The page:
In general, the United States Tax Court has exclusive jurisdiction to deter╜mine the correctness of deficiency assess╜ments made by the Commissioner of Inter╜nal Revenue, and may raise or lower an assessment or determine that there was no deficiency. Peerless Woolen Mills v. Rose, 28 F.2d 661, 662 (5th Cir.1928) (referring to powers of the Tax Court's predecessor body, the Board of Tax Appeals); Bramp╜ton Woolen Co. v. Field, 56 F.2d 23, 26-27 (1st Cir.1932) (holding that the jurisdiction of the Board of Tax Appeals is exclusive, and that District Courts are without juris╜diction of suit after appeal to the Board from a determination of additional deficiency tax).

In the case sub judice, the IRS issued a Statutory Notice of Deficiency recalculating the Danners' 1997 income-tax liability as $1,414. Consequently, the United States Tax Court, rather than this court, had exclusive jurisdiction of any ap╜peal of underlying tax liability of type (1), the Danners' 1997 income-tax liability. The Danners were advised of their right under 26 U.S.C. ╖ 6213 to petition the Tax Court for a redetermination of the income-tax deficiency, but they failed to do so. Thus, this court lacks subject matter juris╜diction as to matters related to the ban╜ners' underlying income-tax liability.

Although the jurisdiction of the Tax Court extends to civil penalties that can be assessed and paid after the govern╜ment gives notice of a deficiency to the taxpayer, its jurisdiction does not apply to those penalties which the government can assess without notice of a deficiency. Runtch v. Commissioner , 30 TCM 856, 1971 WL 2281 (1971). Deficiency proce╜dures do not apply to the assessment or collection of frivolous tax return penalties. 26 U.S.C. ╖ 6703. Where the Tax Court lacks jurisdiction, the federal district court is empowered to review a determination arising from a Collections Due Process hearing. 26 U.S.C. ╖ 6330(d)(1)(B). Ac╜cordingly, this court has jurisdiction to review matters related to underlying tax liability of type (2), the Danners' alleged liability for filing a frivolous tax return.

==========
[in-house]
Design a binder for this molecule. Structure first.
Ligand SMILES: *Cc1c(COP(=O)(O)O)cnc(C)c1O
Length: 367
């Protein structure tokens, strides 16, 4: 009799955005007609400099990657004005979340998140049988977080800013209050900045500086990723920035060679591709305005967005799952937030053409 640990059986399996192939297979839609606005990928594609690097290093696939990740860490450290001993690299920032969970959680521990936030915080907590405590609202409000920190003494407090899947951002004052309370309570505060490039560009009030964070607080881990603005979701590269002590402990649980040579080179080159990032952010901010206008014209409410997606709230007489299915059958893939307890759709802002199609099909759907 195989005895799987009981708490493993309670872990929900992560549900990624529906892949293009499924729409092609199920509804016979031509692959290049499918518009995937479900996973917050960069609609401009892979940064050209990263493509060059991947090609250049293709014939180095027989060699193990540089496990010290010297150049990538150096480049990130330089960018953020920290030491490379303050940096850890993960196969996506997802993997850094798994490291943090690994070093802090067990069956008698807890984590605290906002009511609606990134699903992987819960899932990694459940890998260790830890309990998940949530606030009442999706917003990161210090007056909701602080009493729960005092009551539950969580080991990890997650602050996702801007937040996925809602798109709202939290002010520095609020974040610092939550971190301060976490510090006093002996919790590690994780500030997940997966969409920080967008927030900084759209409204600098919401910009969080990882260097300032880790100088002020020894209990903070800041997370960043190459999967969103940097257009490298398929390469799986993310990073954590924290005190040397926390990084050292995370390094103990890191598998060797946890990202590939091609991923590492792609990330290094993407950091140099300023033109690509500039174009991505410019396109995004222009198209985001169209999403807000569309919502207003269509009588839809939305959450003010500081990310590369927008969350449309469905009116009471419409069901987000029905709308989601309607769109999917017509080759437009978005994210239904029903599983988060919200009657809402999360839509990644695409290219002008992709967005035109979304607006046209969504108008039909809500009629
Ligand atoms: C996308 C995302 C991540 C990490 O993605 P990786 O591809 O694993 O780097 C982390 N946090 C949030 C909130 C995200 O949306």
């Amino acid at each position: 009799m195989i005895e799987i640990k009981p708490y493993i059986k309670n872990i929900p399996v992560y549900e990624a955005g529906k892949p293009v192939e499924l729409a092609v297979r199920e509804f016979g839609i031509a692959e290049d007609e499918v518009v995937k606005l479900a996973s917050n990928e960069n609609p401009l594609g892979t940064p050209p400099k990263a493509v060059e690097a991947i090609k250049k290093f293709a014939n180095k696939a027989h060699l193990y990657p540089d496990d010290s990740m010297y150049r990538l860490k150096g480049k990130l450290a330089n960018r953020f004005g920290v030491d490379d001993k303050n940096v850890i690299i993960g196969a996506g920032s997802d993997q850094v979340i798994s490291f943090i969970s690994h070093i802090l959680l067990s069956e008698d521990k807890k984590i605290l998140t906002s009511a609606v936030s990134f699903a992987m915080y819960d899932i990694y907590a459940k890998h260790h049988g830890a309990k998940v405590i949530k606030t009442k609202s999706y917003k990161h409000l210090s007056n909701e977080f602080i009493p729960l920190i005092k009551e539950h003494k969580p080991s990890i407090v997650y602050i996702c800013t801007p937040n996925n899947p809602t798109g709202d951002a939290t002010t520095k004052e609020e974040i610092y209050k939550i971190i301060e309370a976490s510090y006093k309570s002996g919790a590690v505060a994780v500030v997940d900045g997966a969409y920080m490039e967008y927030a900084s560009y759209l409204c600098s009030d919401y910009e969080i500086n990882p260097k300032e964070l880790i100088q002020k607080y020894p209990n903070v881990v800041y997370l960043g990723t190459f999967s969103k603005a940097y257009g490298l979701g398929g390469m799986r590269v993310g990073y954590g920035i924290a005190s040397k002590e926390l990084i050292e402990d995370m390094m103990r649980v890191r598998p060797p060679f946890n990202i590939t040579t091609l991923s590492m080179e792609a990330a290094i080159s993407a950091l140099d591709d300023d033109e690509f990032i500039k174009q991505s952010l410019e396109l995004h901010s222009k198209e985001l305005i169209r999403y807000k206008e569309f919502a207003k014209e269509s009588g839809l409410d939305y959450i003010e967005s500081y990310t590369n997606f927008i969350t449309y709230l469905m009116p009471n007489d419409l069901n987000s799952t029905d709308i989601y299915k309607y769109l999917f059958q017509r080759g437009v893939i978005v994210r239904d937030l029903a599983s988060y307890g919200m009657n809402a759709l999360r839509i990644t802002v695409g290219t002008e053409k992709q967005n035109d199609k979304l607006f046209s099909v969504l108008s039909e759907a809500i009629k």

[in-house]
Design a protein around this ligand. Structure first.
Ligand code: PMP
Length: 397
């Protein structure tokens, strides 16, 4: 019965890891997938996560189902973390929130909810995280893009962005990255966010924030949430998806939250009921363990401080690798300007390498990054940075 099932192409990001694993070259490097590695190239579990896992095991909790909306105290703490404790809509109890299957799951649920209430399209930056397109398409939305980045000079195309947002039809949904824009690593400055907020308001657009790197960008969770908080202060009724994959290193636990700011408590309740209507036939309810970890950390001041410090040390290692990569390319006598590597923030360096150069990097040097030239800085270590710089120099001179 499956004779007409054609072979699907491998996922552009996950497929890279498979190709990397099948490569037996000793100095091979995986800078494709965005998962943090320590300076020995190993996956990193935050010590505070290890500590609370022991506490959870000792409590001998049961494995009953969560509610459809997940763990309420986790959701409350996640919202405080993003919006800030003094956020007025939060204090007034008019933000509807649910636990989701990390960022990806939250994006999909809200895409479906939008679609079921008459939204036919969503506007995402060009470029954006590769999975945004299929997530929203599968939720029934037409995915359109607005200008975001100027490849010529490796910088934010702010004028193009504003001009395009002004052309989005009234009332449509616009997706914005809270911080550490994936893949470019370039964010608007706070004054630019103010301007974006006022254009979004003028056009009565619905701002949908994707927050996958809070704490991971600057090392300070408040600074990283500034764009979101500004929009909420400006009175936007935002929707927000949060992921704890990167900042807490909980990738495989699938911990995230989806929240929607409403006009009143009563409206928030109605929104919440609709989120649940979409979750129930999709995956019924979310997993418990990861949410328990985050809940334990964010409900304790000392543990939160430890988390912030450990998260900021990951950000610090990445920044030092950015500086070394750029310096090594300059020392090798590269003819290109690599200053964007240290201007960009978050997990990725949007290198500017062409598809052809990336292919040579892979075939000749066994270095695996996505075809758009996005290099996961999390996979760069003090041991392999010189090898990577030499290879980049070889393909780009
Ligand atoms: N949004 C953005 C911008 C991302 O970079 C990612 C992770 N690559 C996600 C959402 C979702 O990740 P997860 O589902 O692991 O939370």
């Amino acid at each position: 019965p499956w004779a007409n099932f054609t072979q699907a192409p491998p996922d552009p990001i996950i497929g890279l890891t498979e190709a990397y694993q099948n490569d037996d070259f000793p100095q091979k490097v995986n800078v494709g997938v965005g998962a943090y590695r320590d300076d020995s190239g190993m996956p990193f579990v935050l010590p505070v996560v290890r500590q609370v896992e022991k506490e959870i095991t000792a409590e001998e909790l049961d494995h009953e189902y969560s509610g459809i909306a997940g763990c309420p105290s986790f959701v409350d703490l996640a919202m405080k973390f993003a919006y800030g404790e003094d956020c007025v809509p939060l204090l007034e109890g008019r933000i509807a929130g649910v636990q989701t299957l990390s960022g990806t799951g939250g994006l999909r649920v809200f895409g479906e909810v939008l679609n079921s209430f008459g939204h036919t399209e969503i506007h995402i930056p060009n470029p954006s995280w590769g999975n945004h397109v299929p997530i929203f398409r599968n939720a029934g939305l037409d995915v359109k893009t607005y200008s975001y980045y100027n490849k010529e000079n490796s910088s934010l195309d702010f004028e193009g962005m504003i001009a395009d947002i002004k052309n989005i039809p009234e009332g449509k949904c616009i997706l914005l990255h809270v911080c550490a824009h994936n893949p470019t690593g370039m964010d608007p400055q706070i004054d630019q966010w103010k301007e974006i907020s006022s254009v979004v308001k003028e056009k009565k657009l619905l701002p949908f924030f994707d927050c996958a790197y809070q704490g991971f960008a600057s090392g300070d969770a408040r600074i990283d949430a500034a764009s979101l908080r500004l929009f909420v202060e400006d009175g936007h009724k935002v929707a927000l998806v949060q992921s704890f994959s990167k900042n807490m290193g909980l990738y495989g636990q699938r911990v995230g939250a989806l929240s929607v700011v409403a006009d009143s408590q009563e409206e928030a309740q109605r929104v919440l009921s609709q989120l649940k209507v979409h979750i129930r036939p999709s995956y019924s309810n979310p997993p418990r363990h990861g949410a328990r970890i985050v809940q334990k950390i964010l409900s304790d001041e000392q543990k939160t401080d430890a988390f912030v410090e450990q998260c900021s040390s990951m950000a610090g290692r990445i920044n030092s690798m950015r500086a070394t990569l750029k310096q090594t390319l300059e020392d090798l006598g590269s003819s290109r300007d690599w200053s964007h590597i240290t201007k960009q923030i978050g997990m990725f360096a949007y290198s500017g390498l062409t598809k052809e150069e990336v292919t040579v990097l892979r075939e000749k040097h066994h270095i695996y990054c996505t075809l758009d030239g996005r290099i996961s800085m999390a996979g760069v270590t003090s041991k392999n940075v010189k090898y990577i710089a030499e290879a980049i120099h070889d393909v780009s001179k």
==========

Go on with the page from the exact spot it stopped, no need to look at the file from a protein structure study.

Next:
Section 6330(d) does not pre╜scribe the standard of review the court should apply in reviewing administrative CDP determinations, but the standard of review is set forth in the legislative history of the provision. Sego v. Commissioner , 114 T.C. 604, 609, 2000 WL 889754 (2000). Where the validity of the underlying tax liability was properly at issue in the hear╜ing, the standard of review is de novo. However, where the validity of the under╜lying tax liability was not properly at issue, the court will review the administrative determination for abuse of discretion. Sego, 114 T.C. at 610 (citing House Confer╜ence Report on the IRS Restructuring and Reform Bill of 1998).